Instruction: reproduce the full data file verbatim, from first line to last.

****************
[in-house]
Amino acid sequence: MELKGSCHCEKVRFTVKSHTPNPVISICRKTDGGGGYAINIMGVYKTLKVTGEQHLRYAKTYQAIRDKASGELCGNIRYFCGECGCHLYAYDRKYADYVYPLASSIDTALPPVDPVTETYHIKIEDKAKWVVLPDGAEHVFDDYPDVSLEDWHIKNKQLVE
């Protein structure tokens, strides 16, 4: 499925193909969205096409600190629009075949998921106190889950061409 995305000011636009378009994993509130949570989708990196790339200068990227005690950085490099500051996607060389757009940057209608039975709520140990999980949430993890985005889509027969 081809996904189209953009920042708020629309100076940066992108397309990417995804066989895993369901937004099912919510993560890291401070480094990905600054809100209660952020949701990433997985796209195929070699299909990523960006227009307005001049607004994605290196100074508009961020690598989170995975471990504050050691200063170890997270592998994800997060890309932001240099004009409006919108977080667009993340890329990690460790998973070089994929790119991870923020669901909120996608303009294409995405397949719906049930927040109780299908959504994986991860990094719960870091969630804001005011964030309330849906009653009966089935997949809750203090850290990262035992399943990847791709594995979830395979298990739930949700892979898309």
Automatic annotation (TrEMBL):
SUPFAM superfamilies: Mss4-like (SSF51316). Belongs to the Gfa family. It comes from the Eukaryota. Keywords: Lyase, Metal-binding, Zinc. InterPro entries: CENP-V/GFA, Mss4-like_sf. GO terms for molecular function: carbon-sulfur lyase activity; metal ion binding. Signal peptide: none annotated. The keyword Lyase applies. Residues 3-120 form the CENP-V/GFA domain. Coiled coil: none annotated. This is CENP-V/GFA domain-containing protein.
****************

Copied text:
[in-house]
Amino acid sequence: MELKGSCHCEKVRFTVKSHTPNPVISICRKTDGGGGYAINIMGVYKTLKVTGEQHLRYAKTYQAIRDKASGELCGNIRYFCGECGCHLYAYDRKYADYVYPLASSIDTALPPVDPVTETYHIKIEDKAKWVVLPDGAEHVFDDYPDVSLEDWHIKNKQLVE
């Protein structure tokens, strides 16, 4: 499925193909969205096409600190629009075949998921106190889950061409 995305000011636009378009994993509130949570989708990196790339200068990227005690950085490099500051996607060389757009940057209608039975709520140990999980949430993890985005889509027969 081809996904189209953009920042708020629309100076940066992108397309990417995804066989895993369901937004099912919510993560890291401070480094990905600054809100209660952020949701990433997985796209195929070699299909990523960006227009307005001049607004994605290196100074508009961020690598989170995975471990504050050691200063170890997270592998994800997060890309932001240099004009409006919108977080667009993340890329990690460790998973070089994929790119991870923020669901909120996608303009294409995405397949719906049930927040109780299908959504994986991860990094719960870091969630804001005011964030309330849906009653009966089935997949809750203090850290990262035992399943990847791709594995979830395979298990739930949700892979898309």
Automatic annotation (TrEMBL):
SUPFAM superfamilies: Mss4-like (SSF51316). Belongs to the Gfa family. It comes from the Eukaryota. Keywords: Lyase, Metal-binding, Zinc. InterPro entries: CENP-V/GFA, Mss4-like_sf. GO terms for molecular function: carbon-sulfur lyase activity; metal ion binding. Signal peptide: none annotated. The keyword Lyase applies. Residues 3-120 form the CENP-V/GFA domain. Coiled coil: none annotated. This is CENP-V/GFA domain-containing protein.